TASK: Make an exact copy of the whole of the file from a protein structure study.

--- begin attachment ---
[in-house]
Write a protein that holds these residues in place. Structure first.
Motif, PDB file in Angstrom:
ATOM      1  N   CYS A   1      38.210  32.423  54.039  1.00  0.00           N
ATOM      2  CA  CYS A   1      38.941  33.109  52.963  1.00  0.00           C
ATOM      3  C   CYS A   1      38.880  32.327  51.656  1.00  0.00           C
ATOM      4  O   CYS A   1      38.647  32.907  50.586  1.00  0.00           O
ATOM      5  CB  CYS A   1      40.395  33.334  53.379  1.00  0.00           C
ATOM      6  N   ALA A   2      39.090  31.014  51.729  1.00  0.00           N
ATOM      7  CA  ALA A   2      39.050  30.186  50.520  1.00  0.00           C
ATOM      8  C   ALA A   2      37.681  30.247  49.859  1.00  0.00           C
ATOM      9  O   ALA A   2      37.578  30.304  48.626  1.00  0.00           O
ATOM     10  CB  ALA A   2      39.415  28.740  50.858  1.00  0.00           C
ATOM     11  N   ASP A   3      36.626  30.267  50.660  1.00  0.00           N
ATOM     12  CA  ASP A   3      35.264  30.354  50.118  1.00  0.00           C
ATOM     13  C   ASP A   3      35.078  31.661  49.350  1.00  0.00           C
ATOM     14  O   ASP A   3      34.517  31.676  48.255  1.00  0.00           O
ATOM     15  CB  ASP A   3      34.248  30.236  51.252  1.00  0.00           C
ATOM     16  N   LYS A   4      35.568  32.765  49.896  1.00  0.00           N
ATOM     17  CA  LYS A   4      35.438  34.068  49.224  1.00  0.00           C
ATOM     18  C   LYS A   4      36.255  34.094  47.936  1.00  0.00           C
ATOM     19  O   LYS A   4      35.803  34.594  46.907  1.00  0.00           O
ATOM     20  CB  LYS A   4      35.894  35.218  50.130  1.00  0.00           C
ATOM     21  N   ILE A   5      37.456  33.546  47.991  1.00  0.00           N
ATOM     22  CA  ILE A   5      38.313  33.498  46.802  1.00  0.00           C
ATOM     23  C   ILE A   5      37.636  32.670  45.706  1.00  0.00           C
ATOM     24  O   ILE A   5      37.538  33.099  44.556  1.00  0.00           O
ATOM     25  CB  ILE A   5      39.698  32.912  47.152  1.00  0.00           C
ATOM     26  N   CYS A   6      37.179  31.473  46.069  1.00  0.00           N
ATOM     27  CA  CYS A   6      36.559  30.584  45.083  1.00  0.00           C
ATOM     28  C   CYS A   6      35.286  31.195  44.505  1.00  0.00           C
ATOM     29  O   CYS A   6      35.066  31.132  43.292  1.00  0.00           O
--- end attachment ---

[in-house]
Write a protein that holds these residues in place. Structure first.
Motif, PDB file in Angstrom:
ATOM      1  N   CYS A   1      38.210  32.423  54.039  1.00  0.00           N
ATOM      2  CA  CYS A   1      38.941  33.109  52.963  1.00  0.00           C
ATOM      3  C   CYS A   1      38.880  32.327  51.656  1.00  0.00           C
ATOM      4  O   CYS A   1      38.647  32.907  50.586  1.00  0.00           O
ATOM      5  CB  CYS A   1      40.395  33.334  53.379  1.00  0.00           C
ATOM      6  N   ALA A   2      39.090  31.014  51.729  1.00  0.00           N
ATOM      7  CA  ALA A   2      39.050  30.186  50.520  1.00  0.00           C
ATOM      8  C   ALA A   2      37.681  30.247  49.859  1.00  0.00           C
ATOM      9  O   ALA A   2      37.578  30.304  48.626  1.00  0.00           O
ATOM     10  CB  ALA A   2      39.415  28.740  50.858  1.00  0.00           C
ATOM     11  N   ASP A   3      36.626  30.267  50.660  1.00  0.00           N
ATOM     12  CA  ASP A   3      35.264  30.354  50.118  1.00  0.00           C
ATOM     13  C   ASP A   3      35.078  31.661  49.350  1.00  0.00           C
ATOM     14  O   ASP A   3      34.517  31.676  48.255  1.00  0.00           O
ATOM     15  CB  ASP A   3      34.248  30.236  51.252  1.00  0.00           C
ATOM     16  N   LYS A   4      35.568  32.765  49.896  1.00  0.00           N
ATOM     17  CA  LYS A   4      35.438  34.068  49.224  1.00  0.00           C
ATOM     18  C   LYS A   4      36.255  34.094  47.936  1.00  0.00           C
ATOM     19  O   LYS A   4      35.803  34.594  46.907  1.00  0.00           O
ATOM     20  CB  LYS A   4      35.894  35.218  50.130  1.00  0.00           C
ATOM     21  N   ILE A   5      37.456  33.546  47.991  1.00  0.00           N
ATOM     22  CA  ILE A   5      38.313  33.498  46.802  1.00  0.00           C
ATOM     23  C   ILE A   5      37.636  32.670  45.706  1.00  0.00           C
ATOM     24  O   ILE A   5      37.538  33.099  44.556  1.00  0.00           O
ATOM     25  CB  ILE A   5      39.698  32.912  47.152  1.00  0.00           C
ATOM     26  N   CYS A   6      37.179  31.473  46.069  1.00  0.00           N
ATOM     27  CA  CYS A   6      36.559  30.584  45.083  1.00  0.00           C
ATOM     28  C   CYS A   6      35.286  31.195  44.505  1.00  0.00           C
ATOM     29  O   CYS A   6      35.066  31.132  43.292  1.00  0.00           O